Sunday, 7 June 2009
Following on from the work I was doing during the workshop this week, I've come up with my idea of the perfect landscapes lens.
What would it be? A 28-150mm (35mm equivalent) f/2.8, tilt-shift macro. Needs to focus down to about 10-12". I don't mind that it would almost certainly be manual focus only. It would also be nice to have a lens collar and foot; if mounted cleverly, I could get lens and body movements.
What motivates this choice? Firstly the movements - having used a view camera a couple of weeks earlier, I missed having camera movements for plane of focus control. Second, the range of focal lengths is what I use most in landscape work and meant a lot of lens changing this past week. (Although I did find some good uses for a 300mm in landscape work.) Finally the macro for close-up, particularly the creamy bokeh that comes with a lens designed for close-up work.
Just back from a photography workshop, another Advanced Landscapes with the ever-excellent Garry Brannigan of The Digital Dawn, this time in the Yorkshire Dales. it's worth mentioning a few early take-aways:
It is always great to be able to immerse yourself in photography like this, especially for me landscape photography. it's not just the making pictures but also the viewing and discussing that are juts as important.
This has probably been my most productive period for landscape work ever in terms of the quantity of quality results. I reckon I produced at least two of my very best landscape images ever and a whole pile of good work. I also feel that I'm achieving a consistency of clear vision and clean composition that I've not managed before.
There will be several more additions to my long-running Processes of Nature project. I also see a sub-theme developing from some of the work that is providing some far more personally unique work. It's not to everyone's taste but I like it a lot. More on all that in due course.
I finally get the attraction of macro work. I borrowed a 100mm macro lens and had a lot of fun using it, getting some pretty good results. Not good for curing gear lust.
I'm likely to create a third SoFoBoMo book (even though I've not really got going on the second yet) from the workshop results, mainly as motivation to work through some of the processing in a timely manner.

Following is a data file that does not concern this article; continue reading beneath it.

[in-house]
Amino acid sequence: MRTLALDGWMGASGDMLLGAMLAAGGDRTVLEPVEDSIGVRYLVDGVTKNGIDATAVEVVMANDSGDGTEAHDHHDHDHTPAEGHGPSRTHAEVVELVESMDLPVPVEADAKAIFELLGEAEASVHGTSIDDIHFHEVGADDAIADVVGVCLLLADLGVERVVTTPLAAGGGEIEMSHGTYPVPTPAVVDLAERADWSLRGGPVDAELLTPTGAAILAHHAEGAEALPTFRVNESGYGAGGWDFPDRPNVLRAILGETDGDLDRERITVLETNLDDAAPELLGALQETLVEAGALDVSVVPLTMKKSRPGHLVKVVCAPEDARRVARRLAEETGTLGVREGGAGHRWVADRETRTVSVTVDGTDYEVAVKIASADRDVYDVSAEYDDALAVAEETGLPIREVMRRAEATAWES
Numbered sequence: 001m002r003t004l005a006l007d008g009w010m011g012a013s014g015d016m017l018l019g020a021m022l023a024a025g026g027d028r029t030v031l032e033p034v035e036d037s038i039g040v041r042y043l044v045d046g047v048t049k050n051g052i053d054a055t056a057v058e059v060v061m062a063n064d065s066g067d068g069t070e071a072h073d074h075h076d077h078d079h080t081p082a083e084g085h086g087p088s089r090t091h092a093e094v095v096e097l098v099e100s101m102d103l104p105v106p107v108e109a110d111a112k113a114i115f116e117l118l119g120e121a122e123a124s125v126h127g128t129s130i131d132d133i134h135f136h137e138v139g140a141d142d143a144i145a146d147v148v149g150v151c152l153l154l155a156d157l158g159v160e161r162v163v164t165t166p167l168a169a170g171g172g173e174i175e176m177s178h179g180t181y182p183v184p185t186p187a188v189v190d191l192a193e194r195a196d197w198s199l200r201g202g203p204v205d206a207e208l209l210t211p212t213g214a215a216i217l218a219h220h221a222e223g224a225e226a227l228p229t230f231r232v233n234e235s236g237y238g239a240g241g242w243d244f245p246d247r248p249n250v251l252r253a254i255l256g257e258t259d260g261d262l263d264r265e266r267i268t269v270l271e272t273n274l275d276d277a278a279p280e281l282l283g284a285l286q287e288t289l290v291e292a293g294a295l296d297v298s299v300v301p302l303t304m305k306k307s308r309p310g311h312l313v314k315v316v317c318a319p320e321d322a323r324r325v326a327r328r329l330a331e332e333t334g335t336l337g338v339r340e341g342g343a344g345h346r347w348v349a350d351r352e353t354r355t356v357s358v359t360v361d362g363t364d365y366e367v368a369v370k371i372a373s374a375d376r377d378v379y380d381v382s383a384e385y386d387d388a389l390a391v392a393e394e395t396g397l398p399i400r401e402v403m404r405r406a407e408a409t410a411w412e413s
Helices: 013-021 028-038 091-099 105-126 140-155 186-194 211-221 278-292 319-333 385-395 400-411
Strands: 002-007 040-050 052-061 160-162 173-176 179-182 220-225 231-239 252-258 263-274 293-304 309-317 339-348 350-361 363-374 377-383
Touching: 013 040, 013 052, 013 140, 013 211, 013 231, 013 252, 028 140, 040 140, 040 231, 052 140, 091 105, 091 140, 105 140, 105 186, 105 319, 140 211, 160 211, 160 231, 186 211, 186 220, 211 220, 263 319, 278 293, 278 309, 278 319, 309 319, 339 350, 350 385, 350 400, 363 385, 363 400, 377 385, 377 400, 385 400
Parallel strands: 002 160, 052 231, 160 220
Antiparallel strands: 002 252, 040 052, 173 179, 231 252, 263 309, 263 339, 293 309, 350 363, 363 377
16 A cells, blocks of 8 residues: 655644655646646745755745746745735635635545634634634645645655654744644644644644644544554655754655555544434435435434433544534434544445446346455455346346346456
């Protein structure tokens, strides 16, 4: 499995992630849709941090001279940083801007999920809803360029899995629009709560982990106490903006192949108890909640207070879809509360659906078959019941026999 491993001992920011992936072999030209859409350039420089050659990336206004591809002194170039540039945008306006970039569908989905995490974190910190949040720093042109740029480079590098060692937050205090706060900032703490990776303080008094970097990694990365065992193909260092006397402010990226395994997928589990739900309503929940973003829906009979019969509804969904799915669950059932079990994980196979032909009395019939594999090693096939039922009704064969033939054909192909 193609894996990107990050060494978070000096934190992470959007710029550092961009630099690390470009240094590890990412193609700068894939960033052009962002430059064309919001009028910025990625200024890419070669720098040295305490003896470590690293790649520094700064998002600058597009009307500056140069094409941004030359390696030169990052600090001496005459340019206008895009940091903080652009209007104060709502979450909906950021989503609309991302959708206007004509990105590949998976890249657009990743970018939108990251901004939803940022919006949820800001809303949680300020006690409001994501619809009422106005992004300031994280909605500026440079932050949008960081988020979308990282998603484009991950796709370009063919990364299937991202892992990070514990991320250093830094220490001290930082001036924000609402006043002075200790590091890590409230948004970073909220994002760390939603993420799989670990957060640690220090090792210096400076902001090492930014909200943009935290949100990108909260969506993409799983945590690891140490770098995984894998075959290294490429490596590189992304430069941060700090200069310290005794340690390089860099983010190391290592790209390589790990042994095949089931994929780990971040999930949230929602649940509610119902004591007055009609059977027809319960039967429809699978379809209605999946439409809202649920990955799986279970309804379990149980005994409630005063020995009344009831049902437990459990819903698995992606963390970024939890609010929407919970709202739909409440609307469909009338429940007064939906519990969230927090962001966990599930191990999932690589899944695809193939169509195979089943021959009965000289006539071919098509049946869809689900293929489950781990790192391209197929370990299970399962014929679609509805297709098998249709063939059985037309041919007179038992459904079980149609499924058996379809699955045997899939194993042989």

No pictures for this post, as I haven't even started uploading the files yet.
Tuesday, 2 June 2009
Now that the first book is out of the way, I've put some more thought into the second one. I now have a strong idea what sort of layout I'm going to do, mixing the colour and black and white work. I also have a title: "Upon England's Mountains green" with the same source for the title as the previous book.
I've not got into selecting from the digital shots. I think I'll leave that until I get the film back next weekend. I'm still not entirely sure whether a thematic or geographic structure will work best, and for that I need all the material in one place.
Monday, 1 June 2009
Why is it that my gear is never ready to go when it's most critical? Due to the various trips I've made recently and the variety of gear used, I find my stuff all over the house rather than in the storage box. Preparing to go away again tomorrow, I checked the batteries for various devices - virtually nothing charged. Cue 24h of mad charger activity. Of course, that means about 3 different chargers and about 4 different battery types.
Somehow, this has to be easier. Why can't there be some standardization? Why can't batteries keep charge longer? Why am i constantly unable to keep myself organized?
"On England's Pleasant Pastures Seen" is now complete. Pick up the pdf at the SoFoBoMo site linked.
47 images, 55 pages, a mere 4.9MB. Advice for viewing the pdf: view as single pages - it's not designed as spreads - and don't use a zoom of more than 100% as the images are relatively low resolution.
Tomorrow I'll put together an actual print version - the layout will probably look at bit strange in the pdf as this one is really meant to be seen as a physical book. What I will be doing is laying out the print version so that the binding is on the bottom edge (which means making a left biding with rotated pages). the idea being that this is a more natural way to view a book of photographs when sat in a chair with the book in your lap.